Other Free Encyclopedias » Medicine Encyclopedia » Aging Healthy - Part 1 » Administration on Aging - History And Development Of Aoa, Organizational Challenges To Aoa, Aoa In The Twenty-first Century

Administration on Aging - Organizational Challenges To Aoa

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While attempting to carry out this encompassing mandate, AoA has had only limited organizational resources.

Funding. The monetary resources at the disposal of AoA are severely limited, given the breadth of its responsibilities. First, appropriations under the Older Americans Act are relatively small—$933 million in 2000 (excluding Title V)—especially given that the formal mandate of both AoA and the OAA includes addressing the needs of all 43 million Americans over the age of sixty. Thus, there is not quite $22 in OAA funding theoretically available to each older American. This is not, however, to say that the federal government overall does not devote enormous resources to older people, but rather that they are largely administered outside of AoA: expenditures for Social Security ($420 billion) and Medicare ($273 billion) benefits total $693 billion. However, these programs are administered by the Social Security Administration and the Health Care Financing Administration, respectively. With respect to funding, the situation described by Binstock at the time of AoA's origin remains largely unchanged today: AoA is given a somewhat vague responsibility to coordinate all activities of the federal government related to aging but is not given the resources to do so.

Organizational standing. Since AOA's founding in 1965, a major issue has been where it should be placed within the federal government. The struggle has largely been an institutional one, with advocates for the elderly in Congress generally wanting AoA to have high status and visibility, and officials within the executive branch wishing to keep AoA closely tied to other agencies within what is now the Department of Health and Human Services. Thus, in 1965 the secretary of the Department of Health, Education and Welfare (DHEW) succeeded in putting AoA in the Welfare Administration, against the strenuous objections of advocates of the aging who did not want AoA, the OAA, or older people themselves associated with "welfare." In 1967, advocates succeeded in having AoA placed in a new unit within DHEW, the Social and Rehabilitation Service, which advocates found preferable to the previous placement but not as high or as autonomous as they would have liked. In 1973, AoA was moved to the new Office of Human Development Services (OHDS), which also included agencies serving children, families, and the developmentally disabled. AoA remained there for many years, with a minor elevation in the late 1980s (reporting "to the secretary," not to "the Office of the Secretary"). Finally, in 1991 AoA was elevated out of OHDS and became a line organization within DHHS with the same formal standing as the Social Security Administration, the Health Care Financing Administration, and the Public Health Service, all much larger agencies than AoA (Koff and Park). The most recent change was the elevation of the commissioner on aging to assistant secretary for aging within DHHS, in order to facilitate the head of AoA's being able to deal more effectively with other federal agencies (Gelfand).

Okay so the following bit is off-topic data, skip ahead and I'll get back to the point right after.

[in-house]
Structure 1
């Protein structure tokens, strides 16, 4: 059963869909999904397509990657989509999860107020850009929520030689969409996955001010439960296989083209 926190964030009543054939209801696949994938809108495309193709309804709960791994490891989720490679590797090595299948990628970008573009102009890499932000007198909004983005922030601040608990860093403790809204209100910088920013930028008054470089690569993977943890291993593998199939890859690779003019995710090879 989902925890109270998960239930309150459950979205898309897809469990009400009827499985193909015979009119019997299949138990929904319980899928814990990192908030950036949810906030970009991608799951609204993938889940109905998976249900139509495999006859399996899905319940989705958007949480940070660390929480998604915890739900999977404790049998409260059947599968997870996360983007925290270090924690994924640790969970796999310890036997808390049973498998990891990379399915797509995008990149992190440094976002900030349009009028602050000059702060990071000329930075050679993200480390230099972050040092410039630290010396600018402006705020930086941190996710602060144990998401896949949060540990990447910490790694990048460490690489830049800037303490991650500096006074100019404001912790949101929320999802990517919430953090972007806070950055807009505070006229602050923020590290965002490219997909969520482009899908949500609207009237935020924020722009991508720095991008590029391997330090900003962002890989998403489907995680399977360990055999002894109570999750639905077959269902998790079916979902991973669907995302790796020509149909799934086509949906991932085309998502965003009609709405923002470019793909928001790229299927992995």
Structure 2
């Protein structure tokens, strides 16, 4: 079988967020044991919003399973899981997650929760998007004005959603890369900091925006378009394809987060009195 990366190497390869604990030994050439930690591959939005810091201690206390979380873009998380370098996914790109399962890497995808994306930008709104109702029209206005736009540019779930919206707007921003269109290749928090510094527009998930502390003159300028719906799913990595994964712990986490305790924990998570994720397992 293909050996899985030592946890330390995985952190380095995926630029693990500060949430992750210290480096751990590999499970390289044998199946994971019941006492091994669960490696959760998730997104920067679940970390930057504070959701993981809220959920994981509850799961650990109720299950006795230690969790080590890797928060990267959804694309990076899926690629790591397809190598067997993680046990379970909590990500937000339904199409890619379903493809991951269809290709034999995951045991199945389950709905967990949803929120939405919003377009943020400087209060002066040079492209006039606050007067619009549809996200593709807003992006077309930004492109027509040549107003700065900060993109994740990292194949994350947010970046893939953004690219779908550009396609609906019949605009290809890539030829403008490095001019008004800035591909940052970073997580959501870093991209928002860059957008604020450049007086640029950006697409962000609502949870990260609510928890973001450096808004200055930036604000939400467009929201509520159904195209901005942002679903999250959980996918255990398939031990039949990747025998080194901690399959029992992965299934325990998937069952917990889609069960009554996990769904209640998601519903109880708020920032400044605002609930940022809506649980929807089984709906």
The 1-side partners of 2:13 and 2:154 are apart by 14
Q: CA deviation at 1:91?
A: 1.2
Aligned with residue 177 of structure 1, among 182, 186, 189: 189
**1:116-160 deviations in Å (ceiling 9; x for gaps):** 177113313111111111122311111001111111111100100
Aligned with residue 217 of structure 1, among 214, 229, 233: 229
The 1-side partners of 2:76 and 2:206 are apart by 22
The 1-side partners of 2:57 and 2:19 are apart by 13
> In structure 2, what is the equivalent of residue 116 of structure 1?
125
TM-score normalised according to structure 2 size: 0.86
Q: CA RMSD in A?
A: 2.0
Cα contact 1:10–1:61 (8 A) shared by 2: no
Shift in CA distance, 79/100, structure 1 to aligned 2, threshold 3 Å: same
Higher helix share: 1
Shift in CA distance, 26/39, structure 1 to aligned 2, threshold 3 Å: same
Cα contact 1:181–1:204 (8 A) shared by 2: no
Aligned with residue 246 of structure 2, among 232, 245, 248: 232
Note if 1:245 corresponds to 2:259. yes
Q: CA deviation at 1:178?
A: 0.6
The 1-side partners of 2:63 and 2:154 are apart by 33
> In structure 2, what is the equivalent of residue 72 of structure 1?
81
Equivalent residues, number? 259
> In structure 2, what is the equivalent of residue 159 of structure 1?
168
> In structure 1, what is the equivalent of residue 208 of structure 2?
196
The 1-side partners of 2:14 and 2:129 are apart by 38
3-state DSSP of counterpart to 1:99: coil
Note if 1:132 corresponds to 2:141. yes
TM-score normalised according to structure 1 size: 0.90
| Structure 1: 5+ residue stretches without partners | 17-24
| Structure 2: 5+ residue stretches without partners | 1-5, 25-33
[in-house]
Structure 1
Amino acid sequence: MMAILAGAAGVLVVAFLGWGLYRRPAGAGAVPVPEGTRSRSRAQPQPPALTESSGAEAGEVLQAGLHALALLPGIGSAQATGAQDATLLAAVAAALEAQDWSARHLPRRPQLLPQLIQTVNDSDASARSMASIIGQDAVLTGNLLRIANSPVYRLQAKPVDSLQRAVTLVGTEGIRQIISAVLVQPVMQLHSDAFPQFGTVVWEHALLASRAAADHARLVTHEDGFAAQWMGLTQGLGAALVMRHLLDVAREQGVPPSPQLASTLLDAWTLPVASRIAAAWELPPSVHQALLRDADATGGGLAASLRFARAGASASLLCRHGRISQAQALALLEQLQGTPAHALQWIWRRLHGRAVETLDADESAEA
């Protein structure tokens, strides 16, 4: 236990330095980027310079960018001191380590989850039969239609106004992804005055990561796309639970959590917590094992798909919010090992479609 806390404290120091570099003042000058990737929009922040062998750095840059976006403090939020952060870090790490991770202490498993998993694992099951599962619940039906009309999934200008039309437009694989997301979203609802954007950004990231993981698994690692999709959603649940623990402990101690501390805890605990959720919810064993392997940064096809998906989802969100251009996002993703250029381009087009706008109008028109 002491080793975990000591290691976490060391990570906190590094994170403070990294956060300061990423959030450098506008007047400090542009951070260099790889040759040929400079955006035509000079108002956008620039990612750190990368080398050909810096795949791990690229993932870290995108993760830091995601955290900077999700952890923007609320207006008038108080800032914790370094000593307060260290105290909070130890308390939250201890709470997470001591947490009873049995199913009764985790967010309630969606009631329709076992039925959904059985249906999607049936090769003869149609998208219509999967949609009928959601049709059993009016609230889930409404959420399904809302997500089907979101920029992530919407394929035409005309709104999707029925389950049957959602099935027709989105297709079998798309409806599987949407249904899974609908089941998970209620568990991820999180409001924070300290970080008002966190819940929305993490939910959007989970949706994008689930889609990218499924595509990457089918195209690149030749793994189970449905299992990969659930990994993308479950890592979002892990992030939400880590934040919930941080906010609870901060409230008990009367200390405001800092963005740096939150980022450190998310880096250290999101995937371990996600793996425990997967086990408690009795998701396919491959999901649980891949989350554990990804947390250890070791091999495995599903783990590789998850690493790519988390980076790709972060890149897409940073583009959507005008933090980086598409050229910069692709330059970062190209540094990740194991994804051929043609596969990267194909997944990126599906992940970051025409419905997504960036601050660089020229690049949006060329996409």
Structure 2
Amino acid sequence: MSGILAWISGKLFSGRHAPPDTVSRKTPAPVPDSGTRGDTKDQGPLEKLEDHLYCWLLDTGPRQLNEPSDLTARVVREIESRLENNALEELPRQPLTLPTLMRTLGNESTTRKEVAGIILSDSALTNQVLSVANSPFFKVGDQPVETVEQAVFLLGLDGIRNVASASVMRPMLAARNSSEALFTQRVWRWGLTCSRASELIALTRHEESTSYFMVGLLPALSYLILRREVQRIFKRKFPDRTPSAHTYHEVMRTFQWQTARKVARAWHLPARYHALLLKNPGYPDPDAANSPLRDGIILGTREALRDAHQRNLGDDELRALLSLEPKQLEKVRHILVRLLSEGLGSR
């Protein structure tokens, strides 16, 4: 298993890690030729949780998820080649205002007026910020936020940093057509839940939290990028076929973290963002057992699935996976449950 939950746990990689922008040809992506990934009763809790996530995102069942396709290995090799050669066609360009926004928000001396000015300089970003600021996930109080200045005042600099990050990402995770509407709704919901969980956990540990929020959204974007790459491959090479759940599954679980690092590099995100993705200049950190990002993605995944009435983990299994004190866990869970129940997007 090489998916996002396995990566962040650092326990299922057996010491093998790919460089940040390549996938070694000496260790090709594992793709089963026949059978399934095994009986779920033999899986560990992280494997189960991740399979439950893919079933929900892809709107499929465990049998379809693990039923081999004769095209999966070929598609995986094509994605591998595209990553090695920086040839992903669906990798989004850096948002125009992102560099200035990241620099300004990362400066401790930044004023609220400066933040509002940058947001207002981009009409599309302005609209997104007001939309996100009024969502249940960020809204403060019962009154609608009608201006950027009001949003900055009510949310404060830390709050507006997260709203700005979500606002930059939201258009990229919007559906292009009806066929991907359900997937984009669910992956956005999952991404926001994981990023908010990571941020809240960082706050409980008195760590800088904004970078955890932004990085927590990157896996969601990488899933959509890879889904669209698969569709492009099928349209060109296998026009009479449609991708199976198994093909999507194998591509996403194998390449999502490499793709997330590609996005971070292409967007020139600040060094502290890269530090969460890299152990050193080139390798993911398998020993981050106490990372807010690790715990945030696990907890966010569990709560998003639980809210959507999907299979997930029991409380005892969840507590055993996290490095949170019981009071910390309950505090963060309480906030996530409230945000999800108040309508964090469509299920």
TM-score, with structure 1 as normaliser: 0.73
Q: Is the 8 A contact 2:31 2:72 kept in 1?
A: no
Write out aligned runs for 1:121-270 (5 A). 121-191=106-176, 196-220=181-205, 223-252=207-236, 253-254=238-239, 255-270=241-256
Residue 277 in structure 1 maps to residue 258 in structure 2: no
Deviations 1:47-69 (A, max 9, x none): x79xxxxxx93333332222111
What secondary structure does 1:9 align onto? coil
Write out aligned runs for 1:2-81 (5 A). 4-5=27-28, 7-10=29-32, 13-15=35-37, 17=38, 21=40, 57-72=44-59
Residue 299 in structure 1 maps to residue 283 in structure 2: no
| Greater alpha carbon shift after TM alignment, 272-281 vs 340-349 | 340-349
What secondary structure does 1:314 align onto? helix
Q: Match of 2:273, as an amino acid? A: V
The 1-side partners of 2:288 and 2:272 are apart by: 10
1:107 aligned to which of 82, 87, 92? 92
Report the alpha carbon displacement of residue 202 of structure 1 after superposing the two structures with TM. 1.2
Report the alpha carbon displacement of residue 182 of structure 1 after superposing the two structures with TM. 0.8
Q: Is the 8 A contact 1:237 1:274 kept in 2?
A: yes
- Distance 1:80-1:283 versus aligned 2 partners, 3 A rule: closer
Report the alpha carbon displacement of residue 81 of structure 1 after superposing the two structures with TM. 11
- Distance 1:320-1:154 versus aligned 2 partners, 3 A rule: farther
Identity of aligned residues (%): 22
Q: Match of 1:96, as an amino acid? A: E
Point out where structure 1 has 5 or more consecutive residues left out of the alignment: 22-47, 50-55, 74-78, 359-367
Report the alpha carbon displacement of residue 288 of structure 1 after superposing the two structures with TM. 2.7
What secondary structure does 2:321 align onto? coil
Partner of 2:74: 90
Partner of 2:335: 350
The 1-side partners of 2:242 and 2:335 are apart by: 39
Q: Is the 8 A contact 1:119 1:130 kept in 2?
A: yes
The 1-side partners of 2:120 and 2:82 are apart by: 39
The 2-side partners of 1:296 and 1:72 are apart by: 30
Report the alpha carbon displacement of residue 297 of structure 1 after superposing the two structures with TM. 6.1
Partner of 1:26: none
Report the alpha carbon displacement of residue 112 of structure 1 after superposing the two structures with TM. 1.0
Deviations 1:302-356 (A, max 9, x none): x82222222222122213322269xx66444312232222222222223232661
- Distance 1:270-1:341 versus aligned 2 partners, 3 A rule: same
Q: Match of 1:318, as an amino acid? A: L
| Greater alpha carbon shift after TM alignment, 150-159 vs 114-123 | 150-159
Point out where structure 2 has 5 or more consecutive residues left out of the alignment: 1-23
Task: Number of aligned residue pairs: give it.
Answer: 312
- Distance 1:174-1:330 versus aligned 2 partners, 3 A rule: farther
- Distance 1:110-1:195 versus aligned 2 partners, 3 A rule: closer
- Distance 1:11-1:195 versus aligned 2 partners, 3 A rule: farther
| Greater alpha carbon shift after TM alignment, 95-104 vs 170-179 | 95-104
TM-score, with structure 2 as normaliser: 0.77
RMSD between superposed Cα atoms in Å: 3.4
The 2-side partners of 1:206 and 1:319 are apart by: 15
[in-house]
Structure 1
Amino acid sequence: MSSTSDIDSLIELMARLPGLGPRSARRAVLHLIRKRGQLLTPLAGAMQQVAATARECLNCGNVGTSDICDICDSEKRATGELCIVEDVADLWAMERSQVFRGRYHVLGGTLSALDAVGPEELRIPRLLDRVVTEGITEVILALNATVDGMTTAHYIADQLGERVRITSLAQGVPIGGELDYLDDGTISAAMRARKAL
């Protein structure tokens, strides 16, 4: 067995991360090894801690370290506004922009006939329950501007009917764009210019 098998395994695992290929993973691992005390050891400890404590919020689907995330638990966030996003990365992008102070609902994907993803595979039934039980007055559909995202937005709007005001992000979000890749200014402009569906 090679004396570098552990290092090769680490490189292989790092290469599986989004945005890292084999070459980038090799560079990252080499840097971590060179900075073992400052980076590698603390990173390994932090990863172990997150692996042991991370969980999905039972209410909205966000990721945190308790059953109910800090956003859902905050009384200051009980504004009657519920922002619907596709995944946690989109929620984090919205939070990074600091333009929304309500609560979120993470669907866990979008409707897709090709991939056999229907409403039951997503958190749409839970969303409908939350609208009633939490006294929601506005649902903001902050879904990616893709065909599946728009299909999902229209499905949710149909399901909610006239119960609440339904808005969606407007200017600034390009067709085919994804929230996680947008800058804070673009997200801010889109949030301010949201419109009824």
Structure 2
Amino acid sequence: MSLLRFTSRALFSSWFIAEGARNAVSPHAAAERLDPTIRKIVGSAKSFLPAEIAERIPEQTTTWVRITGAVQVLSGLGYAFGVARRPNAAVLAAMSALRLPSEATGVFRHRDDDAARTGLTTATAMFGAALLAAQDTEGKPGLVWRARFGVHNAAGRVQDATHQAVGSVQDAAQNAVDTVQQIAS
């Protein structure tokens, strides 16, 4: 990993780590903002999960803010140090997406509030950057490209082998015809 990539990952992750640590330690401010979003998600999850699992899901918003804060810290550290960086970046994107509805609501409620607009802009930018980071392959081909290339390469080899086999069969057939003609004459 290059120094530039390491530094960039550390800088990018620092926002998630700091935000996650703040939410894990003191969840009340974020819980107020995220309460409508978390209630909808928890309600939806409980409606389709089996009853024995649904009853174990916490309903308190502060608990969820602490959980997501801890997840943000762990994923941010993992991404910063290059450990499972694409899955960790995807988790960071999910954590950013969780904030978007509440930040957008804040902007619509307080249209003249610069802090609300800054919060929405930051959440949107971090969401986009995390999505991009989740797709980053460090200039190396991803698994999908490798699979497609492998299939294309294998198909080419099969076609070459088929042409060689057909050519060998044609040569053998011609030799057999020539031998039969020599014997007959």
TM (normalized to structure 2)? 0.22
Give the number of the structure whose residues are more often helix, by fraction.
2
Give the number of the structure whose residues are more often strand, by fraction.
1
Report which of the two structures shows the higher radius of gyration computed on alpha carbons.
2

Because AoA has always been a small agency, this jockeying for organizational position has been more about status and symbols than about actual influence within the DHHS (Hudson, 1973). Nonetheless, symbols are important, and AoA's being at the same organizational level as much larger agencies and headed by an assistant secretary say a good deal about the positive view of older Americans that members of Congress wish to promote.

Personnel. After having long been a small agency within DHHS, AoA became even smaller during the 1980s. Between 1981 and 1989, AoA's staff declined from 252 to 162, a 36 percent decrease. A number of senior-level positions were left vacant for periods and then, often, filled with temporary appointments. Travel budgets were cut as well, the principal consequence being that AoA officials in the nine regional offices were unable to travel to their states to provide technical assistance and oversight to the agencies operating programs under the OAA (USGAO, 1991). Successive amendments to the OAA have brought additional responsibilities to AoA over the years, making these personnel cuts even more pressing (USGAO, 1992).

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